After Devermont initially refused to get out of his car, he recalls, the officer "told me to get out, and I did, and he took me aside while another cop entered my car — and went through my wallet. I have that on film. That was after I had already given them my driver's license. I blew a zero and they let me go. Again, it was humiliating. He had me in handcuffs and the other officers were treating me like a criminal."
Devermont's attorney, Mary Prevost, says, "We're throwing the kitchen sink at them for violating his civil rights. ... We're suing for false arrest, emotional distress, battery [tight handcuffs], searching his personal belongings. The city is treating him like: 'Why didn't you just waive your constitutional right not to answer questions from the cops?' The cops were saying that Sennett was being a shitty citizen for not waiving his rights."
Prevost predicts that the San Diego city attorney will "spend $50,000 to defend their cop instead of giving my client $5,000."
Five months later, following a dinner in Santa Monica with his parents, Devermont made an illegal right turn on red onto Santa Monica Boulevard. He was pulled over by Santa Monica police officer Kobe Arnold and refused to perform a field sobriety test. He was arrested.
Again, troubling things began to happen. His car was impounded — and his dogs, in the backseat, were sent to the pound. At a Santa Monica hospital, his blood was drawn. Then he was hauled to lockup and spent a night in jail. The next day, Devermont says, he had to pay $1,000 to get his car and dogs back.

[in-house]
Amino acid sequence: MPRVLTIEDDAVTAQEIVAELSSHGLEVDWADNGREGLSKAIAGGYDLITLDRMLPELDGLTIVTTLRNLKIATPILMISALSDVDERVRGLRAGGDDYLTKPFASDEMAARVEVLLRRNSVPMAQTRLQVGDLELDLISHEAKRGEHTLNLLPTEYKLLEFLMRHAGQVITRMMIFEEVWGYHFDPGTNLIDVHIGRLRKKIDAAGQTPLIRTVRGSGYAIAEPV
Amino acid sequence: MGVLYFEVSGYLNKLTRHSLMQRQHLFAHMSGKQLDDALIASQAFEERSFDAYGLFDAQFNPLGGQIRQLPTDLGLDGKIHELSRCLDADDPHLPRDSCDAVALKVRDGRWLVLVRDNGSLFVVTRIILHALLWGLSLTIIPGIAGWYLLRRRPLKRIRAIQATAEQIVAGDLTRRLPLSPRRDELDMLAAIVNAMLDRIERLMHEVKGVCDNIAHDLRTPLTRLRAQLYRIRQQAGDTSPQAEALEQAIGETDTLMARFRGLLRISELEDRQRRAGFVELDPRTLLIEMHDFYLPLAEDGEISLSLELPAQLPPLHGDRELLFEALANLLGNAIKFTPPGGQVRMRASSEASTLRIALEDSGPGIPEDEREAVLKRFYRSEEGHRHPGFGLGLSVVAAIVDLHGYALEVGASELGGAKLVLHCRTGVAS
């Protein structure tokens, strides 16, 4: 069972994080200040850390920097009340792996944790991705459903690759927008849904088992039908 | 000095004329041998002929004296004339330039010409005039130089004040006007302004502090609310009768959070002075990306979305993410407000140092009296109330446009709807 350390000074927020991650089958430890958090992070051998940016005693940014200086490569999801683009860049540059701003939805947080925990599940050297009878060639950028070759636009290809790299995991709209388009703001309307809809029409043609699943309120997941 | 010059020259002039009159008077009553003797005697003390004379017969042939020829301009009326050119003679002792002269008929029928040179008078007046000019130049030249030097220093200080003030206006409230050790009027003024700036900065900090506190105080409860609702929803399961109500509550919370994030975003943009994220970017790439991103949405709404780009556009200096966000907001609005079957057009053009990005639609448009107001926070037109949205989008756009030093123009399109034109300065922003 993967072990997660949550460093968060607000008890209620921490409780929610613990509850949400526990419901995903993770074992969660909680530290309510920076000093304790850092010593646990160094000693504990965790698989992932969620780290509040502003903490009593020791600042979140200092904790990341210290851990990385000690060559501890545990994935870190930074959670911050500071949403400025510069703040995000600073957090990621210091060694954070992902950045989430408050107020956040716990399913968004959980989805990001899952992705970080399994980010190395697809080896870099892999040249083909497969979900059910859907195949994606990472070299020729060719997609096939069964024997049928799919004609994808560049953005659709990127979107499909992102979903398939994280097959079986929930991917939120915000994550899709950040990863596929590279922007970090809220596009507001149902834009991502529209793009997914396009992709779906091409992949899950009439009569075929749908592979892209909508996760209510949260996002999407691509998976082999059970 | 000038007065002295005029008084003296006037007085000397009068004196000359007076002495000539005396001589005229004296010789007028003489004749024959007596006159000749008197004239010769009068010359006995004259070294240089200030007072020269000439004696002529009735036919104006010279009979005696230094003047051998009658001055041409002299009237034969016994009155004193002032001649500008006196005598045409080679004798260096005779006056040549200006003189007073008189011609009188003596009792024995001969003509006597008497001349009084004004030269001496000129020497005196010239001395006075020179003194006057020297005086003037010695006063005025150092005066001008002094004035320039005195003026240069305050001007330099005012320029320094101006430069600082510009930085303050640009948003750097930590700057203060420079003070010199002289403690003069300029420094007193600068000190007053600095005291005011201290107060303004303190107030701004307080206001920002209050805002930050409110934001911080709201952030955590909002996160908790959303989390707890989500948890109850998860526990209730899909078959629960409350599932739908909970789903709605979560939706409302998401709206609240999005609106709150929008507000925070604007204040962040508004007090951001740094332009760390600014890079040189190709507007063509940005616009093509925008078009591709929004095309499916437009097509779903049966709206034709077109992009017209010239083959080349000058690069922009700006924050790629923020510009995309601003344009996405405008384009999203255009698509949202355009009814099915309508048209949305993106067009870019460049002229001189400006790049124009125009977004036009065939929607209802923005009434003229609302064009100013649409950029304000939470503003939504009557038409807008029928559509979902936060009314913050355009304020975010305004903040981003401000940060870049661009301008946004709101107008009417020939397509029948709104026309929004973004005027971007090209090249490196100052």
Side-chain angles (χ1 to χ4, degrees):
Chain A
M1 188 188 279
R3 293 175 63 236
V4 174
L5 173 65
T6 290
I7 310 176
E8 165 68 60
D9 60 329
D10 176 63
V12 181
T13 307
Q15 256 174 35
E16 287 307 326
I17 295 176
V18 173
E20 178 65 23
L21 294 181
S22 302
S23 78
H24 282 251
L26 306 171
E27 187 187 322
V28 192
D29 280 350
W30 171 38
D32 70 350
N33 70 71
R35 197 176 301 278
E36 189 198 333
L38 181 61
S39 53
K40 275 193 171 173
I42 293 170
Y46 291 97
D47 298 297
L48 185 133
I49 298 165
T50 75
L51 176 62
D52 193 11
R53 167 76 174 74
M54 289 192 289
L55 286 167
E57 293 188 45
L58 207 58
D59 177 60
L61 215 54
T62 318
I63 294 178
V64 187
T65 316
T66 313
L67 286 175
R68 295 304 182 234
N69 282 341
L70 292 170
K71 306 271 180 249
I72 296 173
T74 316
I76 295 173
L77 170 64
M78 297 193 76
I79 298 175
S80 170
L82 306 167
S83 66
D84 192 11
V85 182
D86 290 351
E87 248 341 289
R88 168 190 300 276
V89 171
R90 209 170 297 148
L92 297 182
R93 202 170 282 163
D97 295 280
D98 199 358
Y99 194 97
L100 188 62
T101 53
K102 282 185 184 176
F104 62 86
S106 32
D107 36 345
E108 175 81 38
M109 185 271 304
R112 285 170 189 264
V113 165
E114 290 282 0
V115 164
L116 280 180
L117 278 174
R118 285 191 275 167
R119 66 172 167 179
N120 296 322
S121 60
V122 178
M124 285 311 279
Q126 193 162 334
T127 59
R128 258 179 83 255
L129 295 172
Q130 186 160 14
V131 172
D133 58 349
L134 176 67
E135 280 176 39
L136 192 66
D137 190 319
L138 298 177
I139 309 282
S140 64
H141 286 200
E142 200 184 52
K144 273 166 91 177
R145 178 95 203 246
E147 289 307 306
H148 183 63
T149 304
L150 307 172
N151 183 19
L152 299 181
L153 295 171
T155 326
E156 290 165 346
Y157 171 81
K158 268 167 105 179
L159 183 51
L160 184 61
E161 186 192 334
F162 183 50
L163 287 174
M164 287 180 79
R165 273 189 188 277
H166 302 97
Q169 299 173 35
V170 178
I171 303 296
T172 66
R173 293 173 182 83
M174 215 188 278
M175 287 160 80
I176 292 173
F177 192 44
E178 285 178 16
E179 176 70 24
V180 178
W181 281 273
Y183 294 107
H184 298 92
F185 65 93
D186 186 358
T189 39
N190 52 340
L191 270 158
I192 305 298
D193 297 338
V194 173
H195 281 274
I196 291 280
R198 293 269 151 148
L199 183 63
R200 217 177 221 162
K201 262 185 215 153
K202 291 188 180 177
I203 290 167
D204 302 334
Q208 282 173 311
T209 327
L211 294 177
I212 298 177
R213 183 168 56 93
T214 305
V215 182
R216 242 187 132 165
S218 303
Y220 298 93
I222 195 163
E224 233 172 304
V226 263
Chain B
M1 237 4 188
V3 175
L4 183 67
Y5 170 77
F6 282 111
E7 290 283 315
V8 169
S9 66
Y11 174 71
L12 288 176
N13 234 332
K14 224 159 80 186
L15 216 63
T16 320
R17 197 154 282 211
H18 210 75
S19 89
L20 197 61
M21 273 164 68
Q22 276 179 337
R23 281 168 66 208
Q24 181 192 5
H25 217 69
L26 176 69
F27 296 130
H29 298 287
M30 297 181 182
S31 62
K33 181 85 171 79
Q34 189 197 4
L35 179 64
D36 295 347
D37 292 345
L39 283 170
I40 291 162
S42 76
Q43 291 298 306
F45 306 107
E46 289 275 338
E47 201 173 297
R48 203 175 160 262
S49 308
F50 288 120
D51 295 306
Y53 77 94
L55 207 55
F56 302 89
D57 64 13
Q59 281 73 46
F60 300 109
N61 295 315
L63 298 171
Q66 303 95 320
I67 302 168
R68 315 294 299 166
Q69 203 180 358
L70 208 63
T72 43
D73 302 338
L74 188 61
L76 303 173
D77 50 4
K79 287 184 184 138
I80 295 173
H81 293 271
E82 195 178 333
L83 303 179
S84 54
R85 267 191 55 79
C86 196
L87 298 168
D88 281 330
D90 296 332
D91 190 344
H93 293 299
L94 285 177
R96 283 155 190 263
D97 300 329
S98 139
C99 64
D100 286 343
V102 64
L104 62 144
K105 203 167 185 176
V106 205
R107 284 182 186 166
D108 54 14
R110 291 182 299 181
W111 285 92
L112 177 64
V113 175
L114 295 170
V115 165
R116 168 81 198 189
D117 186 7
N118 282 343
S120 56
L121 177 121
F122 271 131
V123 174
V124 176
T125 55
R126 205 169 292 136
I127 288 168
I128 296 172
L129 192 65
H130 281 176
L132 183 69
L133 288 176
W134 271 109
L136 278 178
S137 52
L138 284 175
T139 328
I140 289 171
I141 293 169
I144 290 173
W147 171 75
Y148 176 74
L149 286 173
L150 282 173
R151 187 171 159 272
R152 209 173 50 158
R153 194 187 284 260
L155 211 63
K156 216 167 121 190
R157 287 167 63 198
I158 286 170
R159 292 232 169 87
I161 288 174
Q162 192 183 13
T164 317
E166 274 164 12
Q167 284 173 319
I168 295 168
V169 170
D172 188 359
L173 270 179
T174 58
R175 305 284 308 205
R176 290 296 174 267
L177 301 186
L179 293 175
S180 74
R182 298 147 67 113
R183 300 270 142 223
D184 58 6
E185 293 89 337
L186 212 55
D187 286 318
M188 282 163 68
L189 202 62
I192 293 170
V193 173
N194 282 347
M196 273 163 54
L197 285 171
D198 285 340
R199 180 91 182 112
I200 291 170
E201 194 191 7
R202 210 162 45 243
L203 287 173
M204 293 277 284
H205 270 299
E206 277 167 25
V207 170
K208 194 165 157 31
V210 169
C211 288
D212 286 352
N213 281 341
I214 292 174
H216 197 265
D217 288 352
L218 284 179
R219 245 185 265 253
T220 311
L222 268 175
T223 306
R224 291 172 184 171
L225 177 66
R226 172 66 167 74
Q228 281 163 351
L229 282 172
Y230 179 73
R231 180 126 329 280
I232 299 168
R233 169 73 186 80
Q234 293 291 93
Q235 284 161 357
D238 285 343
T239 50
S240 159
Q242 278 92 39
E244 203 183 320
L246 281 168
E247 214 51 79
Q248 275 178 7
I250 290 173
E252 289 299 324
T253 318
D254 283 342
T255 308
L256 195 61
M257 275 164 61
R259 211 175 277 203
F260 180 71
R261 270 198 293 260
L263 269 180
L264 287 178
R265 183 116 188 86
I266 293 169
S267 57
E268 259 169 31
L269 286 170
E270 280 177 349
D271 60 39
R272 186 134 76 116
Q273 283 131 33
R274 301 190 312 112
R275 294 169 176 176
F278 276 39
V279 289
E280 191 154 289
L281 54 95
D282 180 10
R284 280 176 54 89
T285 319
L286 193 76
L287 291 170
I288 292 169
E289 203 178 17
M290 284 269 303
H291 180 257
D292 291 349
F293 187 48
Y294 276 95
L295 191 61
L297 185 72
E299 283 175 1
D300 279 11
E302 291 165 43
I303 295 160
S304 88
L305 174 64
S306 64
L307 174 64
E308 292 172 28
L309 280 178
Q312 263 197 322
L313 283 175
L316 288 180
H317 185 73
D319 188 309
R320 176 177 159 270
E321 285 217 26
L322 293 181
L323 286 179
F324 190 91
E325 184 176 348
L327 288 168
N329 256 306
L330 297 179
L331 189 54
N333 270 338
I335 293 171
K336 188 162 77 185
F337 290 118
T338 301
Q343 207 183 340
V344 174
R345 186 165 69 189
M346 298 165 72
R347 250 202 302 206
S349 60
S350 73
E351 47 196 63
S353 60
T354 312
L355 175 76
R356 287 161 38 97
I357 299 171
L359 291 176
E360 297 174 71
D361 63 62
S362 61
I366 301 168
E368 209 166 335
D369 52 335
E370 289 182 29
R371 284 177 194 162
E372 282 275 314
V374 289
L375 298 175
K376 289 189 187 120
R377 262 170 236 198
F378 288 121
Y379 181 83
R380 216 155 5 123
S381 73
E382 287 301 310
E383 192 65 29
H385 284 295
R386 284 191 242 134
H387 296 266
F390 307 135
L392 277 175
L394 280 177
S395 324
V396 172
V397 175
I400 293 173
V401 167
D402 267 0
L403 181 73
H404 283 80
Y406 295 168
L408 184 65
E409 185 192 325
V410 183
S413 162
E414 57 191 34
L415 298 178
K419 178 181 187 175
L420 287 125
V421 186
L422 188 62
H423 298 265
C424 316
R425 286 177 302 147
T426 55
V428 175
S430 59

Two months later, his blood test proved negative, and prosecutors declined to file charges.
MADD has little good to say about Devermont. "We don't want apps out there that allow people to evade checkpoints," Anna Duerr, MADD's director of communications, says. The organization's executive director in Los Angeles and Ventura counties, Pat Rillera, explains, "While we support the publication of checkpoints as a deterrent to drunk driving, sites like MrCheckpoint alert drunk drivers so they can evade arrest. It's not meant as a positive."
Devermont says they just doesn't get it. "I want to make MrCheckpoint the next-generation MADD. Since August of last year, we have sent out more than 1 million text messages helping identify these checkpoints. ... Here's one of the things I tweet all the time: 'If you can't afford a $40 cab ride, you can't afford a $10,000 DUI.' "
Devermont's Twitter and Facebook accounts are flooded with thanks from people who decided to stay home or handed their keys to a sober friend. They send photos showing themselves enjoying an evening on the couch or being driven around.
Lt. Shan Davis, Beverly Hills Traffic Bureau commander, once met Devermont — at a DUI checkpoint. He thinks what Devermont is doing "is a great thing. ... If we can get people thinking about these checkpoints so they're not driving drunk, then it's good. Take a cab, or give your keys to a friend."
Or put out the bat signal. One of MrCheckpoint's online advertisers is peer-to-peer rideshare company SideCar, whose app matches people needing rides with those willing to give them. Sidecar's Los Angeles manager, Drew Crofton, says, "We're ... 20 to 30 percent less than a regular taxi. The app is free, and you pay the suggested donation."
While MADD is critical of Mr. Checkpoint, its attitude is not universal. Allen Porter of drinkinganddriving.org, which advocates sober driving, is a big fan. He says MrCheckpoint "gets young people talking about not just the checkpoints but the dangers of drunk driving."